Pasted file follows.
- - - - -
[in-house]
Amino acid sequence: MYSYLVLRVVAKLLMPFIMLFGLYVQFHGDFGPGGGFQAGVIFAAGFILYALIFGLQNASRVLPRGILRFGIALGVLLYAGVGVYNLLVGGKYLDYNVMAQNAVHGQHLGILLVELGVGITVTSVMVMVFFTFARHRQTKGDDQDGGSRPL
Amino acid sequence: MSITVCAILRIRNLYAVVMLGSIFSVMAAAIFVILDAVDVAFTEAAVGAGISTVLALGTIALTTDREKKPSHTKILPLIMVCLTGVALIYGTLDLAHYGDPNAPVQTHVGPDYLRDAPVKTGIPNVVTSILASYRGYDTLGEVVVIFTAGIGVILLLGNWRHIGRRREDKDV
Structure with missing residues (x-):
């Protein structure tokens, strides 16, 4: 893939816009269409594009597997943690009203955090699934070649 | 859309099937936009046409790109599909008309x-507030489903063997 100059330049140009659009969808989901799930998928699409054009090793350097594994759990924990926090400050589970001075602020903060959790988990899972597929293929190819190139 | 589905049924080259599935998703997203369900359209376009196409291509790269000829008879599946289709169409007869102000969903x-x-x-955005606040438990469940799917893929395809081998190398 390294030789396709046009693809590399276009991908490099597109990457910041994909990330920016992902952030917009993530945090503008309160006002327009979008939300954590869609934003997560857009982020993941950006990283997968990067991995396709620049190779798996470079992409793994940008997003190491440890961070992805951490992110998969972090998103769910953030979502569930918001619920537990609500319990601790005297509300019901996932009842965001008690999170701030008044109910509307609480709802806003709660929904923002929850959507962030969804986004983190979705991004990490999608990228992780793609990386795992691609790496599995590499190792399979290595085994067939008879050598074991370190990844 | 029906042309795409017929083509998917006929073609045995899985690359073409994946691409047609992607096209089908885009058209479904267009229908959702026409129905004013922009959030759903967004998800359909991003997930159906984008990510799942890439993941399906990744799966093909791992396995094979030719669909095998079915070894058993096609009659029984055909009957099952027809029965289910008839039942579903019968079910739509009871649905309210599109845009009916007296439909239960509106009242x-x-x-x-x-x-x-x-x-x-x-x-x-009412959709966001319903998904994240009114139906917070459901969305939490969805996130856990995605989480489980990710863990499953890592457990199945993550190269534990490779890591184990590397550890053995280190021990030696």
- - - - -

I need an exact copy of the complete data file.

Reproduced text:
[in-house]
Amino acid sequence: MYSYLVLRVVAKLLMPFIMLFGLYVQFHGDFGPGGGFQAGVIFAAGFILYALIFGLQNASRVLPRGILRFGIALGVLLYAGVGVYNLLVGGKYLDYNVMAQNAVHGQHLGILLVELGVGITVTSVMVMVFFTFARHRQTKGDDQDGGSRPL
Amino acid sequence: MSITVCAILRIRNLYAVVMLGSIFSVMAAAIFVILDAVDVAFTEAAVGAGISTVLALGTIALTTDREKKPSHTKILPLIMVCLTGVALIYGTLDLAHYGDPNAPVQTHVGPDYLRDAPVKTGIPNVVTSILASYRGYDTLGEVVVIFTAGIGVILLLGNWRHIGRRREDKDV
Structure with missing residues (x-):
């Protein structure tokens, strides 16, 4: 893939816009269409594009597997943690009203955090699934070649 | 859309099937936009046409790109599909008309x-507030489903063997 100059330049140009659009969808989901799930998928699409054009090793350097594994759990924990926090400050589970001075602020903060959790988990899972597929293929190819190139 | 589905049924080259599935998703997203369900359209376009196409291509790269000829008879599946289709169409007869102000969903x-x-x-955005606040438990469940799917893929395809081998190398 390294030789396709046009693809590399276009991908490099597109990457910041994909990330920016992902952030917009993530945090503008309160006002327009979008939300954590869609934003997560857009982020993941950006990283997968990067991995396709620049190779798996470079992409793994940008997003190491440890961070992805951490992110998969972090998103769910953030979502569930918001619920537990609500319990601790005297509300019901996932009842965001008690999170701030008044109910509307609480709802806003709660929904923002929850959507962030969804986004983190979705991004990490999608990228992780793609990386795992691609790496599995590499190792399979290595085994067939008879050598074991370190990844 | 029906042309795409017929083509998917006929073609045995899985690359073409994946691409047609992607096209089908885009058209479904267009229908959702026409129905004013922009959030759903967004998800359909991003997930159906984008990510799942890439993941399906990744799966093909791992396995094979030719669909095998079915070894058993096609009659029984055909009957099952027809029965289910008839039942579903019968079910739509009871649905309210599109845009009916007296439909239960509106009242x-x-x-x-x-x-x-x-x-x-x-x-x-009412959709966001319903998904994240009114139906917070459901969305939490969805996130856990995605989480489980990710863990499953890592457990199945993550190269534990490779890591184990590397550890053995280190021990030696």